Microsoft’s pursuit to become a primary cloud services provider, amid competition from Amazon and Google, is expected to include a fresh participant to the journey. According to a local Israeli publication Calcalist, the Redmond giant is mulling over the acquisition of cloud monitoring, analytics, and optimization solution provider Cloudyn. This transaction is expected to be in the ballpark of around $50 – $70 million.
Headquartered in Tel Aviv (Israel), Cloudyn was founded by a trio of co-founder – Vittaly Tavor, Boris Goldberg, Sharon Wagner – in 2012. The company’s SaaS (software-as-a-solution) platform enables enterprises to save manpower by automating the monitoring of their cloud assets, through data analytics and optimization.
The primary aim of Cloudyn is to empower businesses with cloud accountability, which means you’ll be in control of the consumption and expenditure of cloud services employed by you. It’ll provide you with necessary tools to garner real-time cloud data across various operational and financial metrics.
With Cloudyn, you gain highly granular, real-time visibility into consumption, cost and performance of your multi-platform, hybrid cloud based on financial and operational metrics accessed via a single panel.
Until date, Cloudyn’s journey has been supported by marquee investors, such as Carmel Ventures, RDseed, Titanium Investments and even from our homegrown IT firm Infosys ($4 million). It has scored close to $20 million in four fundraising rounds. Cloudyn serves thousands of customers, including Fortune 500 companies such as Hewlett-Packard, Gett, Tim Internet and Ticketmaster among others.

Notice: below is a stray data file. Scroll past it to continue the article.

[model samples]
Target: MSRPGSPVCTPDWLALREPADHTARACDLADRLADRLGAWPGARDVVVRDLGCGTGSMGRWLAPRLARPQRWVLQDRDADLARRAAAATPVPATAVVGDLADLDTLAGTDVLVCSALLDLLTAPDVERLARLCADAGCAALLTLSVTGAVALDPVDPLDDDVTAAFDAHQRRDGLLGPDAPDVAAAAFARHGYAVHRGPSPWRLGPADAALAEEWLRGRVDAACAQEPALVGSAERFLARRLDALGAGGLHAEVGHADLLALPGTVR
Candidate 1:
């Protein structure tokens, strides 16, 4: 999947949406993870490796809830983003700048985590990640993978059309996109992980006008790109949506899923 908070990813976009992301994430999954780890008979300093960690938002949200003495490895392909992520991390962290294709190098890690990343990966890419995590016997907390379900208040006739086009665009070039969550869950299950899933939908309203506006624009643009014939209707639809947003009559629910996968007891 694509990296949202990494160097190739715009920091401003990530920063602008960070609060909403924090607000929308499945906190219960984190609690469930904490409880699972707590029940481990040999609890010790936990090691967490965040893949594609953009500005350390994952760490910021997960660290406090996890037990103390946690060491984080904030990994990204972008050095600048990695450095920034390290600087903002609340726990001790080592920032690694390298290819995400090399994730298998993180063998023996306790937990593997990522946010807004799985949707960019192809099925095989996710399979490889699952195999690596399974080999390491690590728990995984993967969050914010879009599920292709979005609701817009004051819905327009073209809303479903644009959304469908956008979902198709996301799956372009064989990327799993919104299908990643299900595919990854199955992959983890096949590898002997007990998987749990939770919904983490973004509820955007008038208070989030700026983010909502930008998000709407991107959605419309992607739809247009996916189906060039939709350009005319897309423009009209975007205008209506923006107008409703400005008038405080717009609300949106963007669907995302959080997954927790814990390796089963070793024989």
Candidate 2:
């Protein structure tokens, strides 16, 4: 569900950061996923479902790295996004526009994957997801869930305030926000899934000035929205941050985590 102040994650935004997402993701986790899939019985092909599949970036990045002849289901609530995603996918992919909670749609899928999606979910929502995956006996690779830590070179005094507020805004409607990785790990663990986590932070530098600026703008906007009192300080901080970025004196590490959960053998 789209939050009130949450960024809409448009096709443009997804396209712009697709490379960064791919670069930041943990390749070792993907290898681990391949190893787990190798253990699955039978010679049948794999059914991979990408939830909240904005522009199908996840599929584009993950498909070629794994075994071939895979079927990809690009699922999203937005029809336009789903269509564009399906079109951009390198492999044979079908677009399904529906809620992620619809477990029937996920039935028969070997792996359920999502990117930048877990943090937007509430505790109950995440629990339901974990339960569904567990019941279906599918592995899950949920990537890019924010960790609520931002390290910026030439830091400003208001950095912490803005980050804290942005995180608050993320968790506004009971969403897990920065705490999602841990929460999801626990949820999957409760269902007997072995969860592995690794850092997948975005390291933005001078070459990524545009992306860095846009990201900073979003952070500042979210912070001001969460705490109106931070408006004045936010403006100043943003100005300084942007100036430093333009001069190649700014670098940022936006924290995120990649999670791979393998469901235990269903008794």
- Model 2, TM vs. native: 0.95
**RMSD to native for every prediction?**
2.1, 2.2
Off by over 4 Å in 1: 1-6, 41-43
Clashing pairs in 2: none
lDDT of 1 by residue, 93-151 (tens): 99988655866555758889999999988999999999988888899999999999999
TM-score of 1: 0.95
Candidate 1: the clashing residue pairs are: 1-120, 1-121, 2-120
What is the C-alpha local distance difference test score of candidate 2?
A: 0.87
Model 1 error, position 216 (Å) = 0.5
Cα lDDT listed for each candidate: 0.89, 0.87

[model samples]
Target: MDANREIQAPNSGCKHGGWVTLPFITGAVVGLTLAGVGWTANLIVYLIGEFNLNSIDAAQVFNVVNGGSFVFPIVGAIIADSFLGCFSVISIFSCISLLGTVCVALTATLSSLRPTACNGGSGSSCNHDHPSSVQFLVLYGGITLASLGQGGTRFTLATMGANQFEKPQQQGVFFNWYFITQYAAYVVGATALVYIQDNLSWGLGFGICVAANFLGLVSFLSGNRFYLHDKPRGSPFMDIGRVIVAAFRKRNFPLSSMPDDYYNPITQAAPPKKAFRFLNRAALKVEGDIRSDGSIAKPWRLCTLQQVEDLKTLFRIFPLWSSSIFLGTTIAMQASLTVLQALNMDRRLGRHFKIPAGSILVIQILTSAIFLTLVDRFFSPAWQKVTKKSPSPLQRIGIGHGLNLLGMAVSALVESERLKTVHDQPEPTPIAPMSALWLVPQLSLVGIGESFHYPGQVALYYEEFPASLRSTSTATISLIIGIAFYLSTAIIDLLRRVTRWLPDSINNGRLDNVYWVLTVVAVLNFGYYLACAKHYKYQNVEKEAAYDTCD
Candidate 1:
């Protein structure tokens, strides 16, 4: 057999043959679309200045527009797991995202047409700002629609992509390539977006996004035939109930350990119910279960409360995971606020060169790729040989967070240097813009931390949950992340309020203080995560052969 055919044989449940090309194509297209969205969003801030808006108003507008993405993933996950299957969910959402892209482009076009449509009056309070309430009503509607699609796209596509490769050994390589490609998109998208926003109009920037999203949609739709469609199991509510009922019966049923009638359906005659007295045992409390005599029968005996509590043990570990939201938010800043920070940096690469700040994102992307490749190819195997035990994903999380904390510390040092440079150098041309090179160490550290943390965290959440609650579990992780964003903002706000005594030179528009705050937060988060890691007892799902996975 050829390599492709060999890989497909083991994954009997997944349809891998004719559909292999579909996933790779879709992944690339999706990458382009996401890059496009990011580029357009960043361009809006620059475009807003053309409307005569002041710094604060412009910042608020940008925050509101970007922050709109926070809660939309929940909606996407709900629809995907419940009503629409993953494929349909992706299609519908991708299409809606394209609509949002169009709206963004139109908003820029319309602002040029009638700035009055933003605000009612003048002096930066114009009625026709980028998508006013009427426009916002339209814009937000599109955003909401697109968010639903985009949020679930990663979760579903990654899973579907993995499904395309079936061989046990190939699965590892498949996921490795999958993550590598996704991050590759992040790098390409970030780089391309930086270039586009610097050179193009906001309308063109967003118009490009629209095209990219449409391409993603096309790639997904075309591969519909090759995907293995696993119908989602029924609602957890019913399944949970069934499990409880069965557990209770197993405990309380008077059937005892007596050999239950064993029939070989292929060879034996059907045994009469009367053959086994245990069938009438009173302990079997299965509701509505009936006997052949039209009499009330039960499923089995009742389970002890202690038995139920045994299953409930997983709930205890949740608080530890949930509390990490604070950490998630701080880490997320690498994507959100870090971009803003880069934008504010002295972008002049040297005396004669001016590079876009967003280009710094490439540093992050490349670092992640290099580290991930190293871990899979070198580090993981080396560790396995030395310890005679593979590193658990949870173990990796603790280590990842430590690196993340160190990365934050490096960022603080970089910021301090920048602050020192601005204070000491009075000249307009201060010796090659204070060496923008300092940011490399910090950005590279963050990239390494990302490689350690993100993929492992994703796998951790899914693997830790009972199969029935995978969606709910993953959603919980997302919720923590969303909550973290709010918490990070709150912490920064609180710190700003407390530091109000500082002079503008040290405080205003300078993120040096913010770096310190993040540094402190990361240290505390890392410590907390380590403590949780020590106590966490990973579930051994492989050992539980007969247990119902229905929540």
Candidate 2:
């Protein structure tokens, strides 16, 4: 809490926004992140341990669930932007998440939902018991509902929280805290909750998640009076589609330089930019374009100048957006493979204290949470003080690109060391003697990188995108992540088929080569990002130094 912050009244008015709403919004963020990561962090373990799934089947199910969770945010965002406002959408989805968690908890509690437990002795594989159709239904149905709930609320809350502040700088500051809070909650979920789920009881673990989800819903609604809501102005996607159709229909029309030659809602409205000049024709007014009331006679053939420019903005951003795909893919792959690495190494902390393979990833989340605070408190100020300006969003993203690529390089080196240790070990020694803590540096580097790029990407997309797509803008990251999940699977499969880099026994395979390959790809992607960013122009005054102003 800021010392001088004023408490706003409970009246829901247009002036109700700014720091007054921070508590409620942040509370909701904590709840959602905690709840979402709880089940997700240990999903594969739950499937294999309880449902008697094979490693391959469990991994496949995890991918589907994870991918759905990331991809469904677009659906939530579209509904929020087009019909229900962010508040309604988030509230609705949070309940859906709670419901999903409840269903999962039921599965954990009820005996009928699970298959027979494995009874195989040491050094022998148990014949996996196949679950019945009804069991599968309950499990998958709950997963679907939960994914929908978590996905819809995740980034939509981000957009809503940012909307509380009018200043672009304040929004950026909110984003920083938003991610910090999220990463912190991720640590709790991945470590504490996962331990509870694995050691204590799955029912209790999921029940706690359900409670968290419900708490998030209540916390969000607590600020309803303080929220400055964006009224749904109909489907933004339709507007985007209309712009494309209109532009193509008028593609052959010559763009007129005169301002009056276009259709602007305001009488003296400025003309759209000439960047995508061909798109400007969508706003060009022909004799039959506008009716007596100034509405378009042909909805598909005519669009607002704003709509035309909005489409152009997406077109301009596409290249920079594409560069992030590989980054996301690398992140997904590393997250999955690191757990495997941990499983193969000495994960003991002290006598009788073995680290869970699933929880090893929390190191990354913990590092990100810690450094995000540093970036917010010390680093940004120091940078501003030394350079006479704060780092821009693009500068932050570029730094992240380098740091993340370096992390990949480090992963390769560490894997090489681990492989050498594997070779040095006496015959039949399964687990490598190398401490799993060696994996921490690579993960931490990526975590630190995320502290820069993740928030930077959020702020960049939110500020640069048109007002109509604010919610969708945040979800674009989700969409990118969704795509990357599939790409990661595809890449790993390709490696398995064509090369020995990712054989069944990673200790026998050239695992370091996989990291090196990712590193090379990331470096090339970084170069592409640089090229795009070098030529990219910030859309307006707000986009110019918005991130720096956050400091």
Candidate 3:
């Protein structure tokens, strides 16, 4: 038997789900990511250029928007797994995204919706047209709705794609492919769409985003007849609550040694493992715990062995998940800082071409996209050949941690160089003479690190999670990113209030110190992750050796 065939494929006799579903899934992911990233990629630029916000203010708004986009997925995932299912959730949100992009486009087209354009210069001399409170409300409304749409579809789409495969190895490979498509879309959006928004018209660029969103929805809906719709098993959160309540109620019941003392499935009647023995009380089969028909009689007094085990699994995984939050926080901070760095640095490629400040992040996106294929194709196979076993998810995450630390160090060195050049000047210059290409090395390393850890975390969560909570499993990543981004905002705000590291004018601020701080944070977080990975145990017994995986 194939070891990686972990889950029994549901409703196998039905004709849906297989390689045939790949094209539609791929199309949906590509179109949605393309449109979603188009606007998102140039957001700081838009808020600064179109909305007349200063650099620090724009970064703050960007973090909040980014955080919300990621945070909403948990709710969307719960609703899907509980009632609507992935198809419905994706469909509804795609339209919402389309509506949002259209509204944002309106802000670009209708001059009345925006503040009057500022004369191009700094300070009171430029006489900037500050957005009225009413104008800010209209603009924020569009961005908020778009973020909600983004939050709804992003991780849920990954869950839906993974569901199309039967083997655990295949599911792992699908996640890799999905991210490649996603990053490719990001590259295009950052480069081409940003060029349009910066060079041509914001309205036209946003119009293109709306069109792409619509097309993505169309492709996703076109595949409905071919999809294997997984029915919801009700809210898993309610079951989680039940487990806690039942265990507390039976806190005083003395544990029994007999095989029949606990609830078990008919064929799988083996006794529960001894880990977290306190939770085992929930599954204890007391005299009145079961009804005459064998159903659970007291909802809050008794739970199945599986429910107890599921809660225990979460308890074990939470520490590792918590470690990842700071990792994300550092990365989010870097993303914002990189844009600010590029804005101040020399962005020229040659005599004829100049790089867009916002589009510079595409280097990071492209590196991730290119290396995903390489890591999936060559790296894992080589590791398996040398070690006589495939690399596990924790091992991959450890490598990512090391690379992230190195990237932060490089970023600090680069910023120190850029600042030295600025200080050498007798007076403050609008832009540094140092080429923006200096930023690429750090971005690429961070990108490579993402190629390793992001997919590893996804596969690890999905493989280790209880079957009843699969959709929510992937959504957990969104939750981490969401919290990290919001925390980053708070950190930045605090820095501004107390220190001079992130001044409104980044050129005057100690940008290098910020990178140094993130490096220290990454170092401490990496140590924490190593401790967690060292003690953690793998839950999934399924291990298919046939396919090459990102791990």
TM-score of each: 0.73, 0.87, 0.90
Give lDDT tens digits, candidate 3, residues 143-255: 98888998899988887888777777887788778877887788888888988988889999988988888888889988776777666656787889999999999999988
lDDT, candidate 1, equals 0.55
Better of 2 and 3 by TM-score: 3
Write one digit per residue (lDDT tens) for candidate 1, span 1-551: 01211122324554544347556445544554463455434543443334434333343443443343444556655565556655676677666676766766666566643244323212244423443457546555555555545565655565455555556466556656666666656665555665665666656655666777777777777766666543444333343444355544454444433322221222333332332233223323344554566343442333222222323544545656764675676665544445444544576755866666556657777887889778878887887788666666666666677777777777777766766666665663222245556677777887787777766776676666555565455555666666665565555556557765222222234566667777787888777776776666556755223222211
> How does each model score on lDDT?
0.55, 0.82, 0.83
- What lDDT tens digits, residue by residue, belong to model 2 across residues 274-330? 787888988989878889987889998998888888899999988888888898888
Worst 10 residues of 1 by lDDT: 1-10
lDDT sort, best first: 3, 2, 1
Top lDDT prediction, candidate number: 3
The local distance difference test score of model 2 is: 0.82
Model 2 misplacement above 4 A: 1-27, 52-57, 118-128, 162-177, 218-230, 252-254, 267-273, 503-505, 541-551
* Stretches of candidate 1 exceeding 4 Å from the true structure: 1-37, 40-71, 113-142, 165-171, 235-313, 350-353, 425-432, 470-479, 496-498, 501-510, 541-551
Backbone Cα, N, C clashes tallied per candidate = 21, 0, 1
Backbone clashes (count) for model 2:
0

As for Microsoft, the company has steadily been increasing focus on its cloud services strategy since the appointment of Indian-born chief executive Satya Nadella. It was earlier focused on progressing its position in the market through its proprietary and widely used operating system – Windows. Ever since 2014, he has been reinventing the company to focus more on expanding its intelligent cloud and productivity solutions. He was previously spearheading the company’s cloud and enterprise efforts and the journey, it seems, has continued.
Nadella has not only diverted attention to the rapidly scaling Azure cloud platform and Office 365 productivity suite but also changed the approach towards delivering Windows to its users. Microsoft is no longer releasing feature-loaded iterations with a new number. Instead, the company has now converted it into a software solution, where Windows 10 is delivered as an iterative update over the air to everyone who has already purchased the operating system once.
Microsoft’s aggressive focus on these business has helped it score massively in its quarterly earnings. The revenue in productivity and business, which includes Office and CRM services grew 6 percent to $6.7 billion in Q1 2017. The dynamics and cloud services revenue also grew 11 percent. Azure peaked the charts and showed tremendous growth. As compared to the previous quarter, overall revenue of intelligent cloud services rose 8 percent to amount to $6.4 billion. This was led by 116 percent growth in Azure revenues, which is massive for its competition against the beefier AWS. Analysts estimate Azure to contribute $2.7 billion to the overall revenue of 2016.
We’ve contacted both the technology giants for a comment on the rumors. A Cloudyn spokesperson has reached out to us saying that the cloud solutions provider has been approached and has been having discussions with several global industry leaders. But, it added that no agreement or contractual document has been signed as of yet. We’re still waiting to hear back from Microsoft.